Michael Wacha is the St. Louis Cardinals' next starter, whether he should be or not

Scott Rovak-USA TODAY Sports

Michael Wacha is going to join the St. Louis Cardinals' rotation after nine starts in Memphis.

As expected after he was pulled from the Memphis Redbirds' rotation on Monday, Michael Wacha is joining the St. Louis Cardinals' pitching staff this week. (Here's Derrick Goold.) To be fair, though, it was a weird kind of expectation.

If you were in favor of seeing Michael Wacha before the All-Star Break, this move was expected inasmuch as it just seemed self-evident that the Cardinals would bring up the last of their top pitching prospects once his peripherals improved in four May starts—the John Gast and Tyler Lyons eras were just preamble, fig-leafs behind which the Cardinals could set up their actual rotation.

If you weren't in favor of seeing Michael Wacha before the All-Star Break, this move was expected inasmuch as it just seemed self-evident that the Cardinals wouldn't be able to resist, even though it shouldn't have been. Joe Kelly is a perfectly good candidate for the rotation who's had no success at all carving out a role in the bullpen; Seth Maness is a perfectly good candidate for the rotation who did have some success doing that.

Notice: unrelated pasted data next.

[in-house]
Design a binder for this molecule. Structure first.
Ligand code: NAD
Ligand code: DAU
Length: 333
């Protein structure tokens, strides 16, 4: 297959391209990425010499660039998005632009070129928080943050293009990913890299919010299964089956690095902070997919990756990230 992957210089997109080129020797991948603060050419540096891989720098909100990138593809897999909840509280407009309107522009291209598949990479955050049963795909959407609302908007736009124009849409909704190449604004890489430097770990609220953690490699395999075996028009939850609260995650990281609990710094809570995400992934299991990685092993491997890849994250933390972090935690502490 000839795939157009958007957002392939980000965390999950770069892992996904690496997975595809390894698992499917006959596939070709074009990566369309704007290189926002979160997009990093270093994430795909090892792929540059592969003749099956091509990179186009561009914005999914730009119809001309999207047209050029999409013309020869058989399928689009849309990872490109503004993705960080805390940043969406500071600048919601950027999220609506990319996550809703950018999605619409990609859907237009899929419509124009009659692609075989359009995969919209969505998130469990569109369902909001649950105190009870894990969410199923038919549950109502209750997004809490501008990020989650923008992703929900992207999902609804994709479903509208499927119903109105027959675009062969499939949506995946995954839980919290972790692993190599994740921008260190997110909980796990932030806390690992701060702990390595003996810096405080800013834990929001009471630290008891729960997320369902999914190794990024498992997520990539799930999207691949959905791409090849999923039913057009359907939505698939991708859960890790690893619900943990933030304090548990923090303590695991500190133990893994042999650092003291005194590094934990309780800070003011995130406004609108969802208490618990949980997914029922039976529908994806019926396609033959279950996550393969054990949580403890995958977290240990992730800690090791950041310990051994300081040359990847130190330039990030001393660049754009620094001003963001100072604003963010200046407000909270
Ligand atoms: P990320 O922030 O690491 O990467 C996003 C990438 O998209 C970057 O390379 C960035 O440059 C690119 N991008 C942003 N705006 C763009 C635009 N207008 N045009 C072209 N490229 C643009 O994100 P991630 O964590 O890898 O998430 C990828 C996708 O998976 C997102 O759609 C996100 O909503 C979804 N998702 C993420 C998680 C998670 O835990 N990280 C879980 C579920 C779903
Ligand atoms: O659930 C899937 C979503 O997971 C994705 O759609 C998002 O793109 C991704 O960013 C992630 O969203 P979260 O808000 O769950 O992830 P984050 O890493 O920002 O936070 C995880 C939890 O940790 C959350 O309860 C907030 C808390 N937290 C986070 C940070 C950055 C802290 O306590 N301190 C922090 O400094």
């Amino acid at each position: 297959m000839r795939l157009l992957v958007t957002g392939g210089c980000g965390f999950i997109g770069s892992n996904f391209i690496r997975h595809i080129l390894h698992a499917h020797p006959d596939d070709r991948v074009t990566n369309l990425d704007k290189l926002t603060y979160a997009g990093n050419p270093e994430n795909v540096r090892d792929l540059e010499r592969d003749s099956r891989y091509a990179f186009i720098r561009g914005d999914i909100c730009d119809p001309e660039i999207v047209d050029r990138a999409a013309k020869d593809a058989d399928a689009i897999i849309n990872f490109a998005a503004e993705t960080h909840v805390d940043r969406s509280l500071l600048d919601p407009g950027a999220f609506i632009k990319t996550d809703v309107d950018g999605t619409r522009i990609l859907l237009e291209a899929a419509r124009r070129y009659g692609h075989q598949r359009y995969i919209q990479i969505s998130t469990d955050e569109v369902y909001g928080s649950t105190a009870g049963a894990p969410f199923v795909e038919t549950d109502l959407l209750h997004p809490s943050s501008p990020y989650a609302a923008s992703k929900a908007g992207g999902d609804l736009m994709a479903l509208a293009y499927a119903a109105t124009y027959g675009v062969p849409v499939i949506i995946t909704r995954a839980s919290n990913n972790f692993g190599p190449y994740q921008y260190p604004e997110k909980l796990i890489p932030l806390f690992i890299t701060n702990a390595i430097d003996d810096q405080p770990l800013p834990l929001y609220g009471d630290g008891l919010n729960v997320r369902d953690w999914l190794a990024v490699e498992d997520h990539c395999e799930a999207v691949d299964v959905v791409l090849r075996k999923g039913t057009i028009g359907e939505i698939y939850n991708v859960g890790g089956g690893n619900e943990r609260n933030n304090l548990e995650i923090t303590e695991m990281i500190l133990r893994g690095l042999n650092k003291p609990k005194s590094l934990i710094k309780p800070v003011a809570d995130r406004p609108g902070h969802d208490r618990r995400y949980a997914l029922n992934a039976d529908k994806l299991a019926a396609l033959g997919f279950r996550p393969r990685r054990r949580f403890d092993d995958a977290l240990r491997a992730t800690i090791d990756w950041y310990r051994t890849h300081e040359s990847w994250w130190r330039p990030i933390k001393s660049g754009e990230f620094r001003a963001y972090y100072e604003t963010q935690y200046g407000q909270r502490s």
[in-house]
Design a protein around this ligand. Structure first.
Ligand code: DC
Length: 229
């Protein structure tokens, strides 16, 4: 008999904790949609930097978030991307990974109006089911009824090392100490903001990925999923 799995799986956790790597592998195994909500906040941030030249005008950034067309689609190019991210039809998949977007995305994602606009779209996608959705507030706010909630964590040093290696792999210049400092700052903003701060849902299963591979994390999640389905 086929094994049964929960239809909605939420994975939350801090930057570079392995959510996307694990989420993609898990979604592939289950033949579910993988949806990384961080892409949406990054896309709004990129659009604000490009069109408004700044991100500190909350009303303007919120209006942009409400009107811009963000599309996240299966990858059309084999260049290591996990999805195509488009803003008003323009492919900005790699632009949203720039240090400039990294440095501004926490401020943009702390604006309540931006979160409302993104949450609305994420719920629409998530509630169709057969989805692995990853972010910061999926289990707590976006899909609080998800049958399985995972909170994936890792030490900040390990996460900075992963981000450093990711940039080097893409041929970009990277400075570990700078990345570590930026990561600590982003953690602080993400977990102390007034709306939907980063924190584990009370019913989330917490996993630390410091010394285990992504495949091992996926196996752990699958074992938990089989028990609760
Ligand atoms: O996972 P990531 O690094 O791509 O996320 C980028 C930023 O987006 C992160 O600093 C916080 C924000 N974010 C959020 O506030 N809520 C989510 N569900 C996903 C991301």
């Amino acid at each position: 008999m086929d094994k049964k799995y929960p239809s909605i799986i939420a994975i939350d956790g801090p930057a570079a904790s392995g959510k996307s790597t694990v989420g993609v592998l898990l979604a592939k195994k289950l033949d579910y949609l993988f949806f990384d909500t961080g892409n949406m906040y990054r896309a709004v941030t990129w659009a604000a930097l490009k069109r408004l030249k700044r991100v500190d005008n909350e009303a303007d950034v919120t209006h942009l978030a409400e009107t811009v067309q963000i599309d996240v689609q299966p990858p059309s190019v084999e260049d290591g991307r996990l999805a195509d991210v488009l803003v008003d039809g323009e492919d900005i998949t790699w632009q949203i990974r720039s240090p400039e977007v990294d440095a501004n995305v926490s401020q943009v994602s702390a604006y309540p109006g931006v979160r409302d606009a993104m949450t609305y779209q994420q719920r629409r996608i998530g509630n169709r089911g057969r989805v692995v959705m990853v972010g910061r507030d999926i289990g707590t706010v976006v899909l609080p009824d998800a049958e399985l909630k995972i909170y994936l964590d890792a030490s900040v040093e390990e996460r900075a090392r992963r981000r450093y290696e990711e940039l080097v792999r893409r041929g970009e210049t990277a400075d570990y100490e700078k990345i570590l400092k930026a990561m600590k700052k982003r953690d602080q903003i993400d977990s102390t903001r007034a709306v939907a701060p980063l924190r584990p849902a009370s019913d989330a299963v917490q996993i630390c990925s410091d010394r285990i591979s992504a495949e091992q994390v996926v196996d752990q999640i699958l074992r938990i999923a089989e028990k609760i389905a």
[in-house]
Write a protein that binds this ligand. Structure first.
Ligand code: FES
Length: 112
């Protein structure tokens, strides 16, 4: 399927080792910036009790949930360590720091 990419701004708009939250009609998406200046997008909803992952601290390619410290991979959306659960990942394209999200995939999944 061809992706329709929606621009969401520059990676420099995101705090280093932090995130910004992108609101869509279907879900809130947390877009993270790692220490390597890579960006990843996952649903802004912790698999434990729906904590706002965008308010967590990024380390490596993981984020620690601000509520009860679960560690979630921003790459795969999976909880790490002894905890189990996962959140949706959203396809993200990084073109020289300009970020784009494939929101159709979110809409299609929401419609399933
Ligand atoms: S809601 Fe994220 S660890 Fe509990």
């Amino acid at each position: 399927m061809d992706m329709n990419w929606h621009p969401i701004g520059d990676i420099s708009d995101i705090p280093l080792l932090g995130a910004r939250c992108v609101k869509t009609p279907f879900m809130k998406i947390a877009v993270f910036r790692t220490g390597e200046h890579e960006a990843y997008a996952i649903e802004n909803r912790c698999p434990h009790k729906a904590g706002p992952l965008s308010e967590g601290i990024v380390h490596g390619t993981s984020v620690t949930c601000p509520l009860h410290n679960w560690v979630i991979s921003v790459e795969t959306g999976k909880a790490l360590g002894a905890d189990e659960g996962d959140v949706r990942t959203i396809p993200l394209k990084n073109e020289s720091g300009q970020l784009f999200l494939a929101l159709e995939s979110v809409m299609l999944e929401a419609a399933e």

Both of them were supposedly up for the job, and each of them would have made at least as much sense as Wacha does. But if you were wary of bringing Wacha up so soon it seemed like a foregone conclusion that neither of them would get the gig.

And he did. I don't think calling Wacha up is a bad decision, exactly, but it does seem like an unnecessary one; if Joe Kelly can't break in as a starter a year after a completely successful rookie season, with John Gast already in and out of the rotation in front of him, I'm not sure it's even worth pretending he's a long reliever.

And if Wacha is the Cardinals' best remaining pitching prospect, it's not that he's a sure thing. Wacha's reputation is built on two impressive minor league feats that are, confusingly, almost entirely separate from each other: His incredible peripherals as a pseudo-reliever pitching against his innings limit in his professional debut, and his perfect competence in two months of starts in the Pacific Coast League, where competence is a significant achievement.

It reminds me, for some reason, of a fast-forward version of the prospect case for Daric Barton or Bryan Anderson: Extremely impressive numbers in the low minors, followed by impressive-enough-for-his-age numbers in the high minors, all conflated in a way that's not quite as telling or illustrative as it seems like it should be.

I think Wacha's an excellent prospect, but I'm not sure that combination makes him a sure thing in the major leagues right now. And if he's not a sure thing I don't know that it makes sense to call on him this week.

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